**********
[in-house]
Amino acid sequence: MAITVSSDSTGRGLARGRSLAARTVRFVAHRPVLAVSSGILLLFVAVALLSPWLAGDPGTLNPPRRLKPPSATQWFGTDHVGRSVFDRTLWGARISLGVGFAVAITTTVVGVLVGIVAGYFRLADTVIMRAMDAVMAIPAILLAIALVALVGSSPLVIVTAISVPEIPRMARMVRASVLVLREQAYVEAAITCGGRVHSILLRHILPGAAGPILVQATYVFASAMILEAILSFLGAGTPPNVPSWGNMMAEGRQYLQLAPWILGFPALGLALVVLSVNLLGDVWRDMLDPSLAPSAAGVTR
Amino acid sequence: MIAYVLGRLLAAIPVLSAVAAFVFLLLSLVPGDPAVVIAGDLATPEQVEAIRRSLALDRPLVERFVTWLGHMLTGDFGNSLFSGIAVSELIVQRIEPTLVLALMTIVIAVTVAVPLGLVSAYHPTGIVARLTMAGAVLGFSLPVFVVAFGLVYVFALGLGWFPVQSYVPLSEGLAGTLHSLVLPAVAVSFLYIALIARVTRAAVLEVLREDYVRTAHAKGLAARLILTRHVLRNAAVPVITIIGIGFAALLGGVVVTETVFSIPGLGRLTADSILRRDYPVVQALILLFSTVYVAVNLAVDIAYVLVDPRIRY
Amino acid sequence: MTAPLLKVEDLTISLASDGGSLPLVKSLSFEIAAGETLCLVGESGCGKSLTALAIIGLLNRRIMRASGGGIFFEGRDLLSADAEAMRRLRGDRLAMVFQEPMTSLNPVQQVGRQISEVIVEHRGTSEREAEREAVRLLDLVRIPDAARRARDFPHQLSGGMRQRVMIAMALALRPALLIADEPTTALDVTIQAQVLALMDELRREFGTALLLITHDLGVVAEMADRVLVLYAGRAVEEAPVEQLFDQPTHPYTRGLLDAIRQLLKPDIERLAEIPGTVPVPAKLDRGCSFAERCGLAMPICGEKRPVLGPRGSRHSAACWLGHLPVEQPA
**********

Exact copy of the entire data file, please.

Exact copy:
[in-house]
Amino acid sequence: MAITVSSDSTGRGLARGRSLAARTVRFVAHRPVLAVSSGILLLFVAVALLSPWLAGDPGTLNPPRRLKPPSATQWFGTDHVGRSVFDRTLWGARISLGVGFAVAITTTVVGVLVGIVAGYFRLADTVIMRAMDAVMAIPAILLAIALVALVGSSPLVIVTAISVPEIPRMARMVRASVLVLREQAYVEAAITCGGRVHSILLRHILPGAAGPILVQATYVFASAMILEAILSFLGAGTPPNVPSWGNMMAEGRQYLQLAPWILGFPALGLALVVLSVNLLGDVWRDMLDPSLAPSAAGVTR
Amino acid sequence: MIAYVLGRLLAAIPVLSAVAAFVFLLLSLVPGDPAVVIAGDLATPEQVEAIRRSLALDRPLVERFVTWLGHMLTGDFGNSLFSGIAVSELIVQRIEPTLVLALMTIVIAVTVAVPLGLVSAYHPTGIVARLTMAGAVLGFSLPVFVVAFGLVYVFALGLGWFPVQSYVPLSEGLAGTLHSLVLPAVAVSFLYIALIARVTRAAVLEVLREDYVRTAHAKGLAARLILTRHVLRNAAVPVITIIGIGFAALLGGVVVTETVFSIPGLGRLTADSILRRDYPVVQALILLFSTVYVAVNLAVDIAYVLVDPRIRY
Amino acid sequence: MTAPLLKVEDLTISLASDGGSLPLVKSLSFEIAAGETLCLVGESGCGKSLTALAIIGLLNRRIMRASGGGIFFEGRDLLSADAEAMRRLRGDRLAMVFQEPMTSLNPVQQVGRQISEVIVEHRGTSEREAEREAVRLLDLVRIPDAARRARDFPHQLSGGMRQRVMIAMALALRPALLIADEPTTALDVTIQAQVLALMDELRREFGTALLLITHDLGVVAEMADRVLVLYAGRAVEEAPVEQLFDQPTHPYTRGLLDAIRQLLKPDIERLAEIPGTVPVPAKLDRGCSFAERCGLAMPICGEKRPVLGPRGSRHSAACWLGHLPVEQPA